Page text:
View Single Post
  #8 (permalink)  
Old 11-16-2012, 04:41 PM
denman denman is online now
Senior Expert
APP Volunteer
 
Join Date: Feb 2008
Posts: 17,641
denman is a name known to all
Default

The timer motor doesn't appear to run though I have jumped power to it and I could hear it running with power applied directly.
I am not sure what you did here.

I also checked by jumping directly from L1-black to orange with no reaction from motor.(extra spade to spade connector)

This will not start the motor.
The orange is not connected to the motor windings when the motor is at rest.
When at rest purple (connector 2 to B and A) connects in the run and aux (start) windings.
When the motor gets close to operating speed the centrifugal switch activates (connector 3 to 2/B) the aux winding is disconnected and the run winding remains connected.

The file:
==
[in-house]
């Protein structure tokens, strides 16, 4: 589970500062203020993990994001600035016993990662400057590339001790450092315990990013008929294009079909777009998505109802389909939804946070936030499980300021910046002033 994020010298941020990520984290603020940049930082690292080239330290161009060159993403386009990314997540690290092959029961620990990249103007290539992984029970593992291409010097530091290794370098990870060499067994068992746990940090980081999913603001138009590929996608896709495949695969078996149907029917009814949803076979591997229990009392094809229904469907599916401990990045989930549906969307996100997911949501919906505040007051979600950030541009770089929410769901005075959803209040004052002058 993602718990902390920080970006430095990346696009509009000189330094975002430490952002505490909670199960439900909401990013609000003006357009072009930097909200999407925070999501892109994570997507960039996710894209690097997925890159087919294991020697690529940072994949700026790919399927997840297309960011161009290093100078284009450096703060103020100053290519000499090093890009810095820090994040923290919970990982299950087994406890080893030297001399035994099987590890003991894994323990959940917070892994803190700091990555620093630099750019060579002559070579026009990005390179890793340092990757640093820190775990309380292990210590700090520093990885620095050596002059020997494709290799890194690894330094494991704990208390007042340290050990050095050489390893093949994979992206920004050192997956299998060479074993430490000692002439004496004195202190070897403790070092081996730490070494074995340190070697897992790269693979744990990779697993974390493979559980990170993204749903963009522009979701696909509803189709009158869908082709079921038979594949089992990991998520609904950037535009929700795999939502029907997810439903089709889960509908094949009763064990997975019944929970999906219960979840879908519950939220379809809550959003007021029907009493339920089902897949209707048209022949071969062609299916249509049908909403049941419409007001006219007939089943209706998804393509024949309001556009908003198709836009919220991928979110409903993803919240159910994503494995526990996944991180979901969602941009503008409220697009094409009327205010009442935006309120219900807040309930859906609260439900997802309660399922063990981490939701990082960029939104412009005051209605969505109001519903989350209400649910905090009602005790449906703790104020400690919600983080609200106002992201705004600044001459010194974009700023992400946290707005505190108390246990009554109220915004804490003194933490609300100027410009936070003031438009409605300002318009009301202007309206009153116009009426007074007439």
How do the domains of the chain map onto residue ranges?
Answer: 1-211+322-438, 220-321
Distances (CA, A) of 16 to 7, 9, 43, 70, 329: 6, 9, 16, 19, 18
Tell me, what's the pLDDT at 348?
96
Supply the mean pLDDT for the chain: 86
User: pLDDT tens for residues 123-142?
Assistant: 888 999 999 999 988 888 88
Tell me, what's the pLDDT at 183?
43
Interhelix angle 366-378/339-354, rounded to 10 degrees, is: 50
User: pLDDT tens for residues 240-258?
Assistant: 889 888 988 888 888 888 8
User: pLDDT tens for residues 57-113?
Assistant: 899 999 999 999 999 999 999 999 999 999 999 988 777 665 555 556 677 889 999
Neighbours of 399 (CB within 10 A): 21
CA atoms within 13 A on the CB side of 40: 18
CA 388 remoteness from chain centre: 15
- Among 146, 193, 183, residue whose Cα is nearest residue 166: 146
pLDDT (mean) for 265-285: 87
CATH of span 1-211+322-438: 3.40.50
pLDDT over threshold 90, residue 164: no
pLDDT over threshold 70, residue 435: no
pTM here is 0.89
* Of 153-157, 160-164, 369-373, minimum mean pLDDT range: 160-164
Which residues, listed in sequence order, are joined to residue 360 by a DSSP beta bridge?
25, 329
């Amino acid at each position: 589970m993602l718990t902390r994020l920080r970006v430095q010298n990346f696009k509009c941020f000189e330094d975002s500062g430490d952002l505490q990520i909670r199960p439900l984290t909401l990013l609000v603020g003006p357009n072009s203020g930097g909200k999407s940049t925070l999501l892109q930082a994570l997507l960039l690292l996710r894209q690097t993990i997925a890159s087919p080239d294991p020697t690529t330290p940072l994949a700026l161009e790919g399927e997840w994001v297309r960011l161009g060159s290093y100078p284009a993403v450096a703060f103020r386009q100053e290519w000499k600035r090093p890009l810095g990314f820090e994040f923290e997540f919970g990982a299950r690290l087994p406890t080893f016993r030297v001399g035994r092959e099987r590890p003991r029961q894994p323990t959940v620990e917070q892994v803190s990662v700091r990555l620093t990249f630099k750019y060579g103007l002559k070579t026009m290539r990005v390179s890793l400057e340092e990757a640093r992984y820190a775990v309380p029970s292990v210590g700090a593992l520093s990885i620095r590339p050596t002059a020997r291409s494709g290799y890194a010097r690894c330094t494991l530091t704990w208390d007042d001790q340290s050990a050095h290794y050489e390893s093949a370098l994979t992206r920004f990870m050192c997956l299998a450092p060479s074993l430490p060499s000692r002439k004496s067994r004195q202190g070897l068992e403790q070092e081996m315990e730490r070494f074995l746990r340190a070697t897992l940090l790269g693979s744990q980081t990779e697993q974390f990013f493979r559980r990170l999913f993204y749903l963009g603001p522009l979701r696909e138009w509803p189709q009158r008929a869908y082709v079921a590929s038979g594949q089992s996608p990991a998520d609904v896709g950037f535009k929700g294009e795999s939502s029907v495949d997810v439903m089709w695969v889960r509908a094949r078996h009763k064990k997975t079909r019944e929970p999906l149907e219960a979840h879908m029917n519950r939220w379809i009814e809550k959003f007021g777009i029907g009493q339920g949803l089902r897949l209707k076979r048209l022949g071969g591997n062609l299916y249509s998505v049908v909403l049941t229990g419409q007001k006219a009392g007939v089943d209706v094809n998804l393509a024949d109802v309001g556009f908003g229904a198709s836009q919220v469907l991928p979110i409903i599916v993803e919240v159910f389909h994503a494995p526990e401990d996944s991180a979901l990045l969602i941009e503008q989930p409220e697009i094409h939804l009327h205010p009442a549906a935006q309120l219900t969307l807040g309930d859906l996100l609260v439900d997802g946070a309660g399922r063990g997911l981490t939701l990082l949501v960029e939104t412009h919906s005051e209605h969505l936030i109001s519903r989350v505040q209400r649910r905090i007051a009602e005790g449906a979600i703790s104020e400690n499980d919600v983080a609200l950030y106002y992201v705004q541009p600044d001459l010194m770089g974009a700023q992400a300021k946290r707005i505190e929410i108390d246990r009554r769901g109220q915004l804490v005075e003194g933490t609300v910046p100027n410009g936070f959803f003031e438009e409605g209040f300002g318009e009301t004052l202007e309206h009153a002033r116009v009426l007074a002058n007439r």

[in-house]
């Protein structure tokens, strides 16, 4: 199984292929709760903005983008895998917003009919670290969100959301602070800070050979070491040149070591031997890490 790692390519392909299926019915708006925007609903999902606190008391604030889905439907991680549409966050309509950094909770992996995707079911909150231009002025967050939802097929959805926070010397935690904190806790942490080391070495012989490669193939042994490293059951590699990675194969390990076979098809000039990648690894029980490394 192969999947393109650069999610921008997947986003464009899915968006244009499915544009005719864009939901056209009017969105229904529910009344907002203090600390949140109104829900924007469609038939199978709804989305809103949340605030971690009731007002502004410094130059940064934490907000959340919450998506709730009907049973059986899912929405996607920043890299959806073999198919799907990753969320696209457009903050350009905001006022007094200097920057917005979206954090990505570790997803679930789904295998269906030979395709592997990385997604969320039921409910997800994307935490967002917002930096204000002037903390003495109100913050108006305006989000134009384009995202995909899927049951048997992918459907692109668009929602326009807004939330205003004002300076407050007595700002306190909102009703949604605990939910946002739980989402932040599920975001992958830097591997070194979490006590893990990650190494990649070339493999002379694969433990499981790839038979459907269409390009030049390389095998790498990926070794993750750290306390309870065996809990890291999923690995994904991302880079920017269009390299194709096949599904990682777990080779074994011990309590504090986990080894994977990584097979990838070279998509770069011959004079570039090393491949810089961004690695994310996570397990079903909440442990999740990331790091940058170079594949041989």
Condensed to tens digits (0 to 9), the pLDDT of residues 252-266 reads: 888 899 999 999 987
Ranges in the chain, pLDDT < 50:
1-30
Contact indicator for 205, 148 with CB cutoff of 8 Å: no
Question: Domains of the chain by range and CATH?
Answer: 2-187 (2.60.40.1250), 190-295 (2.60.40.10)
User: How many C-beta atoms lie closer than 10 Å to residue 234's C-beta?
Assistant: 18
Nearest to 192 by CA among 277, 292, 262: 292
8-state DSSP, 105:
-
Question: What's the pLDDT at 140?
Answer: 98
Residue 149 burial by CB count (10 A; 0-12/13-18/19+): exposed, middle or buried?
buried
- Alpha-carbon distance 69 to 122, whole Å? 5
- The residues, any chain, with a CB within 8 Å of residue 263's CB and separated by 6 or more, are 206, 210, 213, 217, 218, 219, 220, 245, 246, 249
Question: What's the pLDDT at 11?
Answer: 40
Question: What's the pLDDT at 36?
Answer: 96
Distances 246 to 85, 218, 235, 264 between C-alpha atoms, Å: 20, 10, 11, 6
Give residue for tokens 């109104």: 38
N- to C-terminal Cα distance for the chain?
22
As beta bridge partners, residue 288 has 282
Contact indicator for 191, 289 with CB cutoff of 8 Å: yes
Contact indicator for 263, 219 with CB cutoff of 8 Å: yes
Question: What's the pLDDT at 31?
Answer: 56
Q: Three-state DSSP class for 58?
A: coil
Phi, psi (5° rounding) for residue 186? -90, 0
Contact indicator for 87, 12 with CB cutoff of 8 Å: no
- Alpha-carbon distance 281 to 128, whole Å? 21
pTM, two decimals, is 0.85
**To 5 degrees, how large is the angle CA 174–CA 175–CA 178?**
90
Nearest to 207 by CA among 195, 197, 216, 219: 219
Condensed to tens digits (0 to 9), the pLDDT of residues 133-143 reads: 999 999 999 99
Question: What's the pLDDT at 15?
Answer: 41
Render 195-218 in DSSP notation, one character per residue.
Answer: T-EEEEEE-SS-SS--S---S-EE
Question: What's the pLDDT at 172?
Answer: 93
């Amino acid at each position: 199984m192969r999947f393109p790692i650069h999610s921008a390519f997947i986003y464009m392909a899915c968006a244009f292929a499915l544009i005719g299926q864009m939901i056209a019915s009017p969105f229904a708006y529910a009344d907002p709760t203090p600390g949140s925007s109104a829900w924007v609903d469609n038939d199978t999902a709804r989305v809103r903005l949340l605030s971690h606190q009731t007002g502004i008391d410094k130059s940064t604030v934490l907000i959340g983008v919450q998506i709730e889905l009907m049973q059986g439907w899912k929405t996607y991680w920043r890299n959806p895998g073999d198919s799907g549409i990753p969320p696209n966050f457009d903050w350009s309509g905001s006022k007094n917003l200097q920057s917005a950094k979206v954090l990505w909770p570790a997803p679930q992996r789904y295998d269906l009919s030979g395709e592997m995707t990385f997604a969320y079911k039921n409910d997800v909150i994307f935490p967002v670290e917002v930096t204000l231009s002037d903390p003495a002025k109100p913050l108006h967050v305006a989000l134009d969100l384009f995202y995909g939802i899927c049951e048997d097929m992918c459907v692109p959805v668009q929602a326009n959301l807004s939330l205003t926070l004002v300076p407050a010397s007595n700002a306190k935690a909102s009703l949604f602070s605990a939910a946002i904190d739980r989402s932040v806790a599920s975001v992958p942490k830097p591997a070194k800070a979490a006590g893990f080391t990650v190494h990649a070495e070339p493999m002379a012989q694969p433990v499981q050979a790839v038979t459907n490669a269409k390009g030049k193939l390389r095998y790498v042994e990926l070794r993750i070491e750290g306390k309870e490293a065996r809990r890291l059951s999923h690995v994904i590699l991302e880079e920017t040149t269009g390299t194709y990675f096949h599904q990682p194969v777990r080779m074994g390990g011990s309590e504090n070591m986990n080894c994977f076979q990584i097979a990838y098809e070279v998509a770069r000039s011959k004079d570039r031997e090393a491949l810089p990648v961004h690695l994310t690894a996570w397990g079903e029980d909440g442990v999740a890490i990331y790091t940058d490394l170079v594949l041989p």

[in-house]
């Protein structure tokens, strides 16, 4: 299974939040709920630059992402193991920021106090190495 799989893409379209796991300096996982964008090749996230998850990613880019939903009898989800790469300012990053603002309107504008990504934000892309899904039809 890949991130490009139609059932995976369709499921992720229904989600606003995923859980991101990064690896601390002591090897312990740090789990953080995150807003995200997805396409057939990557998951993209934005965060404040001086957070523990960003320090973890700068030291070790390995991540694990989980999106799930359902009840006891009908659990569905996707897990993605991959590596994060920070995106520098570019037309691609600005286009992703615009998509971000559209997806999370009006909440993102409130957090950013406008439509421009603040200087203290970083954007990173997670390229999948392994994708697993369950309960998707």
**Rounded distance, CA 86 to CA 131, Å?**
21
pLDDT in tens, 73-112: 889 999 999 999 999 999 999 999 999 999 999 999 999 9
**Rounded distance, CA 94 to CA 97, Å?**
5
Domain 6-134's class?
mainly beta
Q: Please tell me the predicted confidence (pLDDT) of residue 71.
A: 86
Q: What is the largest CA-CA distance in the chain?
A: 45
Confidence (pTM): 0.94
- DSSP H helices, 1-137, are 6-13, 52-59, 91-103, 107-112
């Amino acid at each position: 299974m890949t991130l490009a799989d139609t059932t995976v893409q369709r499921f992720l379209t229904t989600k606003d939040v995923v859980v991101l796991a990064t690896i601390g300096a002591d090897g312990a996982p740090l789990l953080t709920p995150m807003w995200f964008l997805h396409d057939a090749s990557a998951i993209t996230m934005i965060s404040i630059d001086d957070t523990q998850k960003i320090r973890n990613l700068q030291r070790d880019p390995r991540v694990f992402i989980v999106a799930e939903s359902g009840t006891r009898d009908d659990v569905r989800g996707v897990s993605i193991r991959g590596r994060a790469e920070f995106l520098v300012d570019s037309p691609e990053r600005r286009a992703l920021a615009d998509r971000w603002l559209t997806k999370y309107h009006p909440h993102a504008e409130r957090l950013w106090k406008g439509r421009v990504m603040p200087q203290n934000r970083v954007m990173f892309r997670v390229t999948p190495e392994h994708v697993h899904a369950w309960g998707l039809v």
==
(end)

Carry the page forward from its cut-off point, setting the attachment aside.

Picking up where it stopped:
This is done because if the aux winding is left in circuit the motor will overheat.

... as I recall, white, orange, & purple are the run circuits, green/ground, the other wires are for centrifugal switching of heating elements & timer.

White is Neutral. On a 3 wire hook up this is also green/earth ground.
Orange is the run winding. It has 2 purposes . First it disconnects the aux (start) winding. Second it provides a parallel circuit path around the push to start switch. This lets you release the push to start and the unit motor keeps running.

The timer is not really switched in by the centrifugal switches.
The centrifugal switch in the lower right of the wiring diagram does switch in the heating element. This ensures that the element does not come on until there is air flow.
In auto modes the timer motor does get power through the heating coil when the coil is shut off so in a way the switch does effect the timer motor.
In timed dry mode the timer motor gets power direct from Neutral through timer contacts (B/TM) to L1.
__________________
-
Reply With Quote
 

1 2 3 4 5 6 7 8 9 10 11 12 13 14 15 16 17